Too Close To Home? – Living with 'drill, baby' on Alaska's Kenai Peninsula
With what author-activist Adam Briggle calls "an all too rare open-mindedness," author McKibben Jackinsky has interviewed families affected pro or con by the petroleum industry's presence on Alaska's Kenai Peninsula, as well as civic leaders, alternative energy advocates and others. Woven through "Too Close To Home?" Jackinsky also unsparingly tells her own family and personal story, on the way to a decision about oil and gas exploration on her inherited three-acre share of Jackinsky land.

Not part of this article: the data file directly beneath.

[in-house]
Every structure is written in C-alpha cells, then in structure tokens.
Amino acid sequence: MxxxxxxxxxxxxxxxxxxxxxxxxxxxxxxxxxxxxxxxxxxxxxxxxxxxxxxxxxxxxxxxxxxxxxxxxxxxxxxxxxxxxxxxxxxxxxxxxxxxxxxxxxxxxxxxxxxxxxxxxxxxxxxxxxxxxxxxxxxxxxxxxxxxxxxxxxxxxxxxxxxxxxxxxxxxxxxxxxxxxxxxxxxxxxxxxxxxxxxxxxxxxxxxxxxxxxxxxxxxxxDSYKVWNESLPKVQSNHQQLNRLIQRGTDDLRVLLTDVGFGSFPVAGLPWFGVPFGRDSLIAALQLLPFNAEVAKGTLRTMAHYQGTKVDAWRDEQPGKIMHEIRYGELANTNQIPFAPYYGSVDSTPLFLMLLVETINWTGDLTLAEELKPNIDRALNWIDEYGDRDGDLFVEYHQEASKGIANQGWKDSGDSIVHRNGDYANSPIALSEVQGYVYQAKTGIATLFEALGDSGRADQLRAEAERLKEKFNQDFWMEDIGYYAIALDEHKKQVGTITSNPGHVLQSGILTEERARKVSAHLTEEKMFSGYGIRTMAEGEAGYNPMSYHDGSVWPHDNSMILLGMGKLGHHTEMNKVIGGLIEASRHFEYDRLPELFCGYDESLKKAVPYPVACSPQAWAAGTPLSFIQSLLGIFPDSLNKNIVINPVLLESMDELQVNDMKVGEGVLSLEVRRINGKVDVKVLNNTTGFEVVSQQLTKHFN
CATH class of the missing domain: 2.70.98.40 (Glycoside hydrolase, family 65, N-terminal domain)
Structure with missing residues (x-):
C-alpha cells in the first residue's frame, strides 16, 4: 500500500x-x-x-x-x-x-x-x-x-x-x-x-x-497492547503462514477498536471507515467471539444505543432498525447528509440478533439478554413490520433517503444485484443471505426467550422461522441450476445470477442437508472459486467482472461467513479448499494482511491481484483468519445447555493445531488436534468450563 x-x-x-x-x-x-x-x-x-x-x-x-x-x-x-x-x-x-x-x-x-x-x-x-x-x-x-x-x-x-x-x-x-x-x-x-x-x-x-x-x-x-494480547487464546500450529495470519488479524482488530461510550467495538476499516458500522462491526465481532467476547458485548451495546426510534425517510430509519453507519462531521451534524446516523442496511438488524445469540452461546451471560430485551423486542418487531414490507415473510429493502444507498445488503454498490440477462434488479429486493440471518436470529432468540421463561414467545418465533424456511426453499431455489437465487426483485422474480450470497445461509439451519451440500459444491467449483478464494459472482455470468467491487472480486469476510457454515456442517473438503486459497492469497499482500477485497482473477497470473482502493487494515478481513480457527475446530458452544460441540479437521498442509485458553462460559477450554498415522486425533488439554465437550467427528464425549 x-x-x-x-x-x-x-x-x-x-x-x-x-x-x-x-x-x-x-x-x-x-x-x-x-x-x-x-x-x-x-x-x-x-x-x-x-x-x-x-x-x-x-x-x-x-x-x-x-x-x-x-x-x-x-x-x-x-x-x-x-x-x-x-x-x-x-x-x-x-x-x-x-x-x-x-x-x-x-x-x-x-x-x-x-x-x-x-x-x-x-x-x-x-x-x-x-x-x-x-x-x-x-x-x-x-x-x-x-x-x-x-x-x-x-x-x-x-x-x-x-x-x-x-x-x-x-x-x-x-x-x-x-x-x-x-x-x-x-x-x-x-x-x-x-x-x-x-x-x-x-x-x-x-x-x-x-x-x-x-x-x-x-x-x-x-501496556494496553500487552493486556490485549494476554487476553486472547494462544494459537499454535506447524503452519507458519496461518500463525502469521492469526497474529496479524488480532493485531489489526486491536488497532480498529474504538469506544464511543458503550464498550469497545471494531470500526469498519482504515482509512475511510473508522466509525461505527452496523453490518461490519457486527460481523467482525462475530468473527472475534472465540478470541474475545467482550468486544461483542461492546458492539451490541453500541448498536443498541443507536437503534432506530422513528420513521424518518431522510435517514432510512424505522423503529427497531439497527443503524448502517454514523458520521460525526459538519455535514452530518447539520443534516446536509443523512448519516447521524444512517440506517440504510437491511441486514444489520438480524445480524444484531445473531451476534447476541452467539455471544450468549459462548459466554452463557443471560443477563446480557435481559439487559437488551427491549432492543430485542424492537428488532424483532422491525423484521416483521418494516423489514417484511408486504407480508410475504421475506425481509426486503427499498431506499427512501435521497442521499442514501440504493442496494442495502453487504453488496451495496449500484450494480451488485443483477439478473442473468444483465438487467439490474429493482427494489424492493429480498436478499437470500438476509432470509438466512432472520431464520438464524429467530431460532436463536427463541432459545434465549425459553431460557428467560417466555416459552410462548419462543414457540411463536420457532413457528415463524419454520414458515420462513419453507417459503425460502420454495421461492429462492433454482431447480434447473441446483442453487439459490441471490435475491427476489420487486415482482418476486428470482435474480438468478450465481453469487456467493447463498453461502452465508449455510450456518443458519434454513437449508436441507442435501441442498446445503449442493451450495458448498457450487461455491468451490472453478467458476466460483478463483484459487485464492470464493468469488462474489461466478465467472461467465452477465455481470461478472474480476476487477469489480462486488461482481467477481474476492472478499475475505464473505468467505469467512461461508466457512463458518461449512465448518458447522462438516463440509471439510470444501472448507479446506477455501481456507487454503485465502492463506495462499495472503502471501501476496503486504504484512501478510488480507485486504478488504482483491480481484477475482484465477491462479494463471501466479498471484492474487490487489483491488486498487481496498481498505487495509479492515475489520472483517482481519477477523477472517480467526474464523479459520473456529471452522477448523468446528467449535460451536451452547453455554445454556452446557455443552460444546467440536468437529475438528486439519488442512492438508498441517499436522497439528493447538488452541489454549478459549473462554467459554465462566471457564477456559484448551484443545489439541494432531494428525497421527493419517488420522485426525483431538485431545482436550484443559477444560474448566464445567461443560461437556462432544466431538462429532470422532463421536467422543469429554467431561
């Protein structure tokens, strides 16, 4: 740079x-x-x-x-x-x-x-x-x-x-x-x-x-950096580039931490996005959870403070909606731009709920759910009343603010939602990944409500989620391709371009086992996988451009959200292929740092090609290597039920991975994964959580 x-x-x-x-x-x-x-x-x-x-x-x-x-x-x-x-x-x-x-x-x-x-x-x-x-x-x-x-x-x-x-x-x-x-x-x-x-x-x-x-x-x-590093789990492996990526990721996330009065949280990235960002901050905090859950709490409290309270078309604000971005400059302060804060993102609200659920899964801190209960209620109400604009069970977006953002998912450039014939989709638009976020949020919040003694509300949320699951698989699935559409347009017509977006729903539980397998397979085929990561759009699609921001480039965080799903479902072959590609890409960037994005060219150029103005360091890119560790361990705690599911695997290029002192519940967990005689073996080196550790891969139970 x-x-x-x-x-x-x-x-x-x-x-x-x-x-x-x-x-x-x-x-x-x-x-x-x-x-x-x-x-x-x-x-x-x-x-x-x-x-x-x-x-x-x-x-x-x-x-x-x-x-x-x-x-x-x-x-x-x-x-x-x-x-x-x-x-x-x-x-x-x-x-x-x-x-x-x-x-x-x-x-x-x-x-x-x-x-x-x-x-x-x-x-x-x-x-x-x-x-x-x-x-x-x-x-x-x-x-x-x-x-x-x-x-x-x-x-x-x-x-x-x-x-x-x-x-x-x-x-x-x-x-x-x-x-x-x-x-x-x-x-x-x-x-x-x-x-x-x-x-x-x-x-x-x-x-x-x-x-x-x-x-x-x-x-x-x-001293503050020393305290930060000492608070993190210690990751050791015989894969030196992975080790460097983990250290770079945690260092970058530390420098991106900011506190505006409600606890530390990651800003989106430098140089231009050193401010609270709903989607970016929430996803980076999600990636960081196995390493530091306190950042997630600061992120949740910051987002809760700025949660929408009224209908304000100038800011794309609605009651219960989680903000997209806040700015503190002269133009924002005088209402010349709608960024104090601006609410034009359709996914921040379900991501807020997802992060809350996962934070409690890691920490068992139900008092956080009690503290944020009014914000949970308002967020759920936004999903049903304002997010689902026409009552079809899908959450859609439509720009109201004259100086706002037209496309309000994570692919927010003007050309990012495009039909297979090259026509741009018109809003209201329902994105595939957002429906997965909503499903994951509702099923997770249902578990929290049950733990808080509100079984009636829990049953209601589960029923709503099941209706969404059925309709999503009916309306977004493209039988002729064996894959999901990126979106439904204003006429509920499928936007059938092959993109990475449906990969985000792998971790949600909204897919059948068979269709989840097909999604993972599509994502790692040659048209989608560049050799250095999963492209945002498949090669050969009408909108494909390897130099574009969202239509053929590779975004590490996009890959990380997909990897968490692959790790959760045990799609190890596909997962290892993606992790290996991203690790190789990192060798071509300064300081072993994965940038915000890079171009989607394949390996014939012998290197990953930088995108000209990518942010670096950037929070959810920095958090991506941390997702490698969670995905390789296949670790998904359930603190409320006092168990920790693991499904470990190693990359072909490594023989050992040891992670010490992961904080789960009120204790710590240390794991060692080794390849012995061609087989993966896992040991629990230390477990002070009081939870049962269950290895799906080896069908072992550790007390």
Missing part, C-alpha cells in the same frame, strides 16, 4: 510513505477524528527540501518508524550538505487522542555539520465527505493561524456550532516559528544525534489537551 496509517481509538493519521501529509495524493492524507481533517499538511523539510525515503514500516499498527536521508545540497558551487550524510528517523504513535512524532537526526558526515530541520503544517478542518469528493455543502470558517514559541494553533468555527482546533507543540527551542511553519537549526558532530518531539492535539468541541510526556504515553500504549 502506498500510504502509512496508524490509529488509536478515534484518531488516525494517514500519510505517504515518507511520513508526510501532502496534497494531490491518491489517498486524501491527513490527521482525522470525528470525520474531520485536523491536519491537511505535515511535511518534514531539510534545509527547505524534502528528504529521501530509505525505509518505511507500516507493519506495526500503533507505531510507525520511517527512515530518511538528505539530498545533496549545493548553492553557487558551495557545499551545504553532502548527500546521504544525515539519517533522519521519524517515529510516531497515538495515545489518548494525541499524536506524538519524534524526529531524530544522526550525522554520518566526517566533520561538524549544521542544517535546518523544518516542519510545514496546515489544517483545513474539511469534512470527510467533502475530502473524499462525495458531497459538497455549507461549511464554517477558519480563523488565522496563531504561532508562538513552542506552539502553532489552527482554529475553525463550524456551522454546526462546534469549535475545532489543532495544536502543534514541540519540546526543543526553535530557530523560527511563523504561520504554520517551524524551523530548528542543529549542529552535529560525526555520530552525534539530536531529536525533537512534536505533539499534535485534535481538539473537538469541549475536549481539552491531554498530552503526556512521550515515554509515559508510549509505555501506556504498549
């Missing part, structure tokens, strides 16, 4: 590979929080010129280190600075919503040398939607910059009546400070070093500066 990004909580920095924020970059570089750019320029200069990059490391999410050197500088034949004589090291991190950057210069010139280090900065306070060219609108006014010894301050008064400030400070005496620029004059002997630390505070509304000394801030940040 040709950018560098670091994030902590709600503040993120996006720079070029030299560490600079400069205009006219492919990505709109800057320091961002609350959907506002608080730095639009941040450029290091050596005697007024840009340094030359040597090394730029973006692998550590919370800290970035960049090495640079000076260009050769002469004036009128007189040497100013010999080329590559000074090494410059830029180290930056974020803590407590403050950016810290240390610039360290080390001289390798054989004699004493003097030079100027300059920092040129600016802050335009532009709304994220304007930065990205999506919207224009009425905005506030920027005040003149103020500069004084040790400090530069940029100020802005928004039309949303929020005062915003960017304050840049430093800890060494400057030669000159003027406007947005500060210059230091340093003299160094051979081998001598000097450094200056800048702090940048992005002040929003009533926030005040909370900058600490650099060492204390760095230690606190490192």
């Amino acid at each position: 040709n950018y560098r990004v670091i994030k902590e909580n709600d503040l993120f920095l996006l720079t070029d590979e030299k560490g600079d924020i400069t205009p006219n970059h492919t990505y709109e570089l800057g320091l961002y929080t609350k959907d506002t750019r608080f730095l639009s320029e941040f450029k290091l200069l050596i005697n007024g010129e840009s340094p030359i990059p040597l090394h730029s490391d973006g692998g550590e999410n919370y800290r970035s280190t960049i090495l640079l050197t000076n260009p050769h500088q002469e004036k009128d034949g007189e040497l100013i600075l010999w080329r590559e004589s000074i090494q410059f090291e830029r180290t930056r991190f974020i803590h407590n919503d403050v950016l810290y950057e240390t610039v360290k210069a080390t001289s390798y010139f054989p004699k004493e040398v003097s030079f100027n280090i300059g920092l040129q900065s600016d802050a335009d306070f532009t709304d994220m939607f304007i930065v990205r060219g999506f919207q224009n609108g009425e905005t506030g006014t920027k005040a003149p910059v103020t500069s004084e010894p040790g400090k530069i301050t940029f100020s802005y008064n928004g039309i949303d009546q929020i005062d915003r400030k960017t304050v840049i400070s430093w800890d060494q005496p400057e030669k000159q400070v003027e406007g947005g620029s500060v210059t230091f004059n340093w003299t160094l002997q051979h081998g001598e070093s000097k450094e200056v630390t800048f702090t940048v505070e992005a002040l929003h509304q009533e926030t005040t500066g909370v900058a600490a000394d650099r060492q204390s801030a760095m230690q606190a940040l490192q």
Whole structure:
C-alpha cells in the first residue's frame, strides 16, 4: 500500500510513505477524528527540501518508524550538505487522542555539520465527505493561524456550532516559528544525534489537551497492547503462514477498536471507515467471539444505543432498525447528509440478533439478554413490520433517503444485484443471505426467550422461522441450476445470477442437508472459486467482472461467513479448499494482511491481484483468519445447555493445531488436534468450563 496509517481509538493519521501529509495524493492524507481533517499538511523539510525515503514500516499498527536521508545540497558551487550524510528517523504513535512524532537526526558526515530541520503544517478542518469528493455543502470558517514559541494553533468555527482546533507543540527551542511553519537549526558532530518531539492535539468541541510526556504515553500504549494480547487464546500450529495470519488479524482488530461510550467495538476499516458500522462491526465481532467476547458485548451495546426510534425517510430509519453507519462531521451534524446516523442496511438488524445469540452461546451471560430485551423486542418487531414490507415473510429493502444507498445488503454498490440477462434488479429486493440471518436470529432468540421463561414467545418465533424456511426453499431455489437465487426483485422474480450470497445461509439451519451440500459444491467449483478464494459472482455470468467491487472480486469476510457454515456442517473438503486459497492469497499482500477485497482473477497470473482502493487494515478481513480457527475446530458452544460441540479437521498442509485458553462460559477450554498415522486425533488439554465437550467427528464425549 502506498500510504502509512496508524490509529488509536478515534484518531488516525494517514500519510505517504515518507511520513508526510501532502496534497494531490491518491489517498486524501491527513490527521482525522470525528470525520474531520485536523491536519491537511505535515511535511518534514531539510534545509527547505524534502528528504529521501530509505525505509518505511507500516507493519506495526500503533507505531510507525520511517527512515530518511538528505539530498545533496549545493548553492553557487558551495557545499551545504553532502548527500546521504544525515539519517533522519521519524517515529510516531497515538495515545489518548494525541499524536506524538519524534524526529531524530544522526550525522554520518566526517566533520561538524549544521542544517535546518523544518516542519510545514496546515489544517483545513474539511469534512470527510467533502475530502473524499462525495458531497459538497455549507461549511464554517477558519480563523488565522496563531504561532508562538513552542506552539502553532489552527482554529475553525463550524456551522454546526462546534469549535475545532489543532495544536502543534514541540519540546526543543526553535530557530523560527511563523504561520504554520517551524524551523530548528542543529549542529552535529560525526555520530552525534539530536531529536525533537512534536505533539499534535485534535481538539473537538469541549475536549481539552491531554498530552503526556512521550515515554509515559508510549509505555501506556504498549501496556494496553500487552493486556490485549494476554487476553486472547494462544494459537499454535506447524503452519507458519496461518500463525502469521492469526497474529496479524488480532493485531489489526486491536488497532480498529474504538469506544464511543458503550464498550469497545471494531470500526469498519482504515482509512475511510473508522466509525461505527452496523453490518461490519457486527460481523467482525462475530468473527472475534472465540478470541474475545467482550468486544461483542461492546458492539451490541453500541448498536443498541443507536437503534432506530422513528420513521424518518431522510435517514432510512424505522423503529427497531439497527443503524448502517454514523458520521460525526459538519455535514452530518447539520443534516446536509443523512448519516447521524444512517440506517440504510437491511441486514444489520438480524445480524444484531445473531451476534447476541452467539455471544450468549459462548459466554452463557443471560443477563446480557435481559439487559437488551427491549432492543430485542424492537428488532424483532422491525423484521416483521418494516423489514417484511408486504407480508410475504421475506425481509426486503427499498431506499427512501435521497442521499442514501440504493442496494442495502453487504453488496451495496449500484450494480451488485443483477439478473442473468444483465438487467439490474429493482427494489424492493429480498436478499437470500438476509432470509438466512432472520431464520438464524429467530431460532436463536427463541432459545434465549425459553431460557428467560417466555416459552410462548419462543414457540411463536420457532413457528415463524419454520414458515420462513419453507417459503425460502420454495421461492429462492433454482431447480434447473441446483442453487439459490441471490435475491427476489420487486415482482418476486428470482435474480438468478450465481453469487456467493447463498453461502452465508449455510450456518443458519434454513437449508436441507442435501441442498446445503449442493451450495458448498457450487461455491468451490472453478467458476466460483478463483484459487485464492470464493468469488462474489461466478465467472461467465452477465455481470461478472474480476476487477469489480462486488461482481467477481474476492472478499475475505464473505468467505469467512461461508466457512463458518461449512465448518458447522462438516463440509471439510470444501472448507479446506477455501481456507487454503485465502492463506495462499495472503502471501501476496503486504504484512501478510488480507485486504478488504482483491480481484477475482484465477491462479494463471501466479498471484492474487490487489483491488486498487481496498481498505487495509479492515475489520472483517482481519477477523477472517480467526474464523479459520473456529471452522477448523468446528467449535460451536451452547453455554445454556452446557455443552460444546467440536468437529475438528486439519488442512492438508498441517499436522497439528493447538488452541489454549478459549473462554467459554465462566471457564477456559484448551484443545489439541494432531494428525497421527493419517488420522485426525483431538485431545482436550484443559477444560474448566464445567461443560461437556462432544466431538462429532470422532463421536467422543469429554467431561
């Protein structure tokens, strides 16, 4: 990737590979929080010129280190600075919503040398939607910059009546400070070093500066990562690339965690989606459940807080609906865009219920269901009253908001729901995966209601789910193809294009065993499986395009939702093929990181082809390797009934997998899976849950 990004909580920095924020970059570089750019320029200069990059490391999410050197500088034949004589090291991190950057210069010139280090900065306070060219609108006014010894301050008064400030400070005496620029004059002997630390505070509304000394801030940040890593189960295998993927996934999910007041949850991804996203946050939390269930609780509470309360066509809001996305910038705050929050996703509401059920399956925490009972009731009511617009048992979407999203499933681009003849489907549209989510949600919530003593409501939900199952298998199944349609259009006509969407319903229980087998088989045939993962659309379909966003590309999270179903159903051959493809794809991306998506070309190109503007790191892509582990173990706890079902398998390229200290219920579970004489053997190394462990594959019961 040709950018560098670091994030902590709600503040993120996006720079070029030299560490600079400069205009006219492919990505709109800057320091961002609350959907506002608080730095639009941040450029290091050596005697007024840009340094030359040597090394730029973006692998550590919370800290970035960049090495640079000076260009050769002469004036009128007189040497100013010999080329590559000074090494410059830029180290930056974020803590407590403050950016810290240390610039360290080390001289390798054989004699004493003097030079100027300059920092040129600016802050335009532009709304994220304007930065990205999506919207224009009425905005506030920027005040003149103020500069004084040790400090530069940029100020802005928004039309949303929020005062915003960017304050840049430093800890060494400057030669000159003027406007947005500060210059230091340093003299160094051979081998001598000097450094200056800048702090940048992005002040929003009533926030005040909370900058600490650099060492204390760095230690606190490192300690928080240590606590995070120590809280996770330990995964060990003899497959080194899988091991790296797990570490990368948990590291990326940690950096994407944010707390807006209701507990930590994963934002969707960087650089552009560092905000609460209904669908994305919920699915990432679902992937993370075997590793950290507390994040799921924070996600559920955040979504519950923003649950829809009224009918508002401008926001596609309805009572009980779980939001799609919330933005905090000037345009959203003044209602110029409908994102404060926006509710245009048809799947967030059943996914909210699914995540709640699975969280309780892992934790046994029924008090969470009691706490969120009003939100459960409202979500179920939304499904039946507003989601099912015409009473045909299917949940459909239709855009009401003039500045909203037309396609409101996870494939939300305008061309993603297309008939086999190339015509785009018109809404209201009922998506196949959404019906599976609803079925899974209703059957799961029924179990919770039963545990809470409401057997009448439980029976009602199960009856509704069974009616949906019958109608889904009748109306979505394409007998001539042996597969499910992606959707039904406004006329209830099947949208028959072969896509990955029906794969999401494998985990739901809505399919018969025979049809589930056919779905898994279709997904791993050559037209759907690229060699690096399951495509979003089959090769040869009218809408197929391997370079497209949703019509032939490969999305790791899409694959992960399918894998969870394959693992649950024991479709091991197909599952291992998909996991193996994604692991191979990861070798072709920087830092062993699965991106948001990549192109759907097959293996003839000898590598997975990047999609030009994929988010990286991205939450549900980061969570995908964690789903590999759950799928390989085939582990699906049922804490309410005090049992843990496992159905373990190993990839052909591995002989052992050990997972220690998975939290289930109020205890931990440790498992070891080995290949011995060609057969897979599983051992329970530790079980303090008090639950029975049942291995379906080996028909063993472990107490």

About McKibben Jackinsky (Sterling, Alaska Author)
McKibben Jackinsky's Russian-Alutiiq great-great-great-grandparents were among the founders of Ninilchik village on the Cook Inlet side of Alaska's Kenai Peninsula. She spent a decade working in Alaska’s oil patch before beginning a career as a journalist, writing for publications in and out of Alaska. Her writing has won numerous awards and given her the opportunity to cover Alaska’s oil and gas industry from numerous perspectives.
Through her writing, Jackinsky became aware of the impacts to residents when fossil fuel exploration and production began moving into neighborhoods. Two years later, it took a personal turn when the industry came knocking at her Ninilchik cabin door.